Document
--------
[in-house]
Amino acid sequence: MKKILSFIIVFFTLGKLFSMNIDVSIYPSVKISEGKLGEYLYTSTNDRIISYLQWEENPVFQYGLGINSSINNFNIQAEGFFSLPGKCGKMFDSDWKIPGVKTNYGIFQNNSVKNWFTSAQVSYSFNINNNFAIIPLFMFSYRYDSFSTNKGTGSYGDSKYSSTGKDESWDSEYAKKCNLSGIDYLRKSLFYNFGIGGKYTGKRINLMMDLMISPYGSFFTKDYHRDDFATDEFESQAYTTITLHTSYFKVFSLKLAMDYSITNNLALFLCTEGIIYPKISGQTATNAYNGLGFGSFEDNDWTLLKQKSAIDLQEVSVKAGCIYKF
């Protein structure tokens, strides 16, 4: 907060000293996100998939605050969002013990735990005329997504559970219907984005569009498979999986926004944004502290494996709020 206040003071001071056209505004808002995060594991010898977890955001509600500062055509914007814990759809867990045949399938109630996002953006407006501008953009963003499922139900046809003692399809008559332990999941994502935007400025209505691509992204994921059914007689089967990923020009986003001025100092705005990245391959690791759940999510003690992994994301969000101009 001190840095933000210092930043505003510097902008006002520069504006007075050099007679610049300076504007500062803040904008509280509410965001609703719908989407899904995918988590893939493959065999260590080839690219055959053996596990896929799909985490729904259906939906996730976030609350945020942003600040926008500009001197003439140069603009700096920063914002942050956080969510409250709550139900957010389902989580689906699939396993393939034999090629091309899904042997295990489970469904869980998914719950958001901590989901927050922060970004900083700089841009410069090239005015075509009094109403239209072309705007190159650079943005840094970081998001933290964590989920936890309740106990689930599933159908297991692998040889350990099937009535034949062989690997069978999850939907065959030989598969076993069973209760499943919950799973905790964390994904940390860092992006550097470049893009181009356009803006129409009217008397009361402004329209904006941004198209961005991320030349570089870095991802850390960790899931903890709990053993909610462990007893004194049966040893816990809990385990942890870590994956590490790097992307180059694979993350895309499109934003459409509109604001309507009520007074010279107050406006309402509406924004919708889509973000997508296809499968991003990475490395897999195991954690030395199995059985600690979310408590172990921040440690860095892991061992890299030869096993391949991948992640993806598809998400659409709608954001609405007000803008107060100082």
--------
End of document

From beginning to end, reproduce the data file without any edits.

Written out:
[in-house]
Amino acid sequence: MKKILSFIIVFFTLGKLFSMNIDVSIYPSVKISEGKLGEYLYTSTNDRIISYLQWEENPVFQYGLGINSSINNFNIQAEGFFSLPGKCGKMFDSDWKIPGVKTNYGIFQNNSVKNWFTSAQVSYSFNINNNFAIIPLFMFSYRYDSFSTNKGTGSYGDSKYSSTGKDESWDSEYAKKCNLSGIDYLRKSLFYNFGIGGKYTGKRINLMMDLMISPYGSFFTKDYHRDDFATDEFESQAYTTITLHTSYFKVFSLKLAMDYSITNNLALFLCTEGIIYPKISGQTATNAYNGLGFGSFEDNDWTLLKQKSAIDLQEVSVKAGCIYKF
């Protein structure tokens, strides 16, 4: 907060000293996100998939605050969002013990735990005329997504559970219907984005569009498979999986926004944004502290494996709020 206040003071001071056209505004808002995060594991010898977890955001509600500062055509914007814990759809867990045949399938109630996002953006407006501008953009963003499922139900046809003692399809008559332990999941994502935007400025209505691509992204994921059914007689089967990923020009986003001025100092705005990245391959690791759940999510003690992994994301969000101009 001190840095933000210092930043505003510097902008006002520069504006007075050099007679610049300076504007500062803040904008509280509410965001609703719908989407899904995918988590893939493959065999260590080839690219055959053996596990896929799909985490729904259906939906996730976030609350945020942003600040926008500009001197003439140069603009700096920063914002942050956080969510409250709550139900957010389902989580689906699939396993393939034999090629091309899904042997295990489970469904869980998914719950958001901590989901927050922060970004900083700089841009410069090239005015075509009094109403239209072309705007190159650079943005840094970081998001933290964590989920936890309740106990689930599933159908297991692998040889350990099937009535034949062989690997069978999850939907065959030989598969076993069973209760499943919950799973905790964390994904940390860092992006550097470049893009181009356009803006129409009217008397009361402004329209904006941004198209961005991320030349570089870095991802850390960790899931903890709990053993909610462990007893004194049966040893816990809990385990942890870590994956590490790097992307180059694979993350895309499109934003459409509109604001309507009520007074010279107050406006309402509406924004919708889509973000997508296809499968991003990475490395897999195991954690030395199995059985600690979310408590172990921040440690860095892991061992890299030869096993391949991948992640993806598809998400659409709608954001609405007000803008107060100082």